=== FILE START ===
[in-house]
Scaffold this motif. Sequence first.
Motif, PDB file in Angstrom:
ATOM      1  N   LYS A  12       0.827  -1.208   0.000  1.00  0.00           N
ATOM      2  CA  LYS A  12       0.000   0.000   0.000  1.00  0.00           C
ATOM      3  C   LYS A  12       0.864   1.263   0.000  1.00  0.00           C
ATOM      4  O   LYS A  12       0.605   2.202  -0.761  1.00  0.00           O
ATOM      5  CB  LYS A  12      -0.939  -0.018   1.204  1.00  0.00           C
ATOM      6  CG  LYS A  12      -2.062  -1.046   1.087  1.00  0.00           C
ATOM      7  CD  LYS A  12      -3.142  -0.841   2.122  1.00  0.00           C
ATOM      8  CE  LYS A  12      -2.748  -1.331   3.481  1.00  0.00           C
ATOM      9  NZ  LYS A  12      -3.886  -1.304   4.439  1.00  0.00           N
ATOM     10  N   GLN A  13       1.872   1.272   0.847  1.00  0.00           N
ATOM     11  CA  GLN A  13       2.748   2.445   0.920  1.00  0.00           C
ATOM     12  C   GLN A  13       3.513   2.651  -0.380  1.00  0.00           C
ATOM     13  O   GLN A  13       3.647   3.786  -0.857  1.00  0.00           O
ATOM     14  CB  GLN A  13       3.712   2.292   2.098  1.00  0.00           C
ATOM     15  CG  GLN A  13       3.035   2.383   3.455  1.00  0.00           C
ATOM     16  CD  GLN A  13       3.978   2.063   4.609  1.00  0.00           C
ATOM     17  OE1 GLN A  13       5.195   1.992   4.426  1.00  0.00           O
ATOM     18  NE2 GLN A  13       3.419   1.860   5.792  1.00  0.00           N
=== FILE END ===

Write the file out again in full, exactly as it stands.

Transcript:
[in-house]
Scaffold this motif. Sequence first.
Motif, PDB file in Angstrom:
ATOM      1  N   LYS A  12       0.827  -1.208   0.000  1.00  0.00           N
ATOM      2  CA  LYS A  12       0.000   0.000   0.000  1.00  0.00           C
ATOM      3  C   LYS A  12       0.864   1.263   0.000  1.00  0.00           C
ATOM      4  O   LYS A  12       0.605   2.202  -0.761  1.00  0.00           O
ATOM      5  CB  LYS A  12      -0.939  -0.018   1.204  1.00  0.00           C
ATOM      6  CG  LYS A  12      -2.062  -1.046   1.087  1.00  0.00           C
ATOM      7  CD  LYS A  12      -3.142  -0.841   2.122  1.00  0.00           C
ATOM      8  CE  LYS A  12      -2.748  -1.331   3.481  1.00  0.00           C
ATOM      9  NZ  LYS A  12      -3.886  -1.304   4.439  1.00  0.00           N
ATOM     10  N   GLN A  13       1.872   1.272   0.847  1.00  0.00           N
ATOM     11  CA  GLN A  13       2.748   2.445   0.920  1.00  0.00           C
ATOM     12  C   GLN A  13       3.513   2.651  -0.380  1.00  0.00           C
ATOM     13  O   GLN A  13       3.647   3.786  -0.857  1.00  0.00           O
ATOM     14  CB  GLN A  13       3.712   2.292   2.098  1.00  0.00           C
ATOM     15  CG  GLN A  13       3.035   2.383   3.455  1.00  0.00           C
ATOM     16  CD  GLN A  13       3.978   2.063   4.609  1.00  0.00           C
ATOM     17  OE1 GLN A  13       5.195   1.992   4.426  1.00  0.00           O
ATOM     18  NE2 GLN A  13       3.419   1.860   5.792  1.00  0.00           N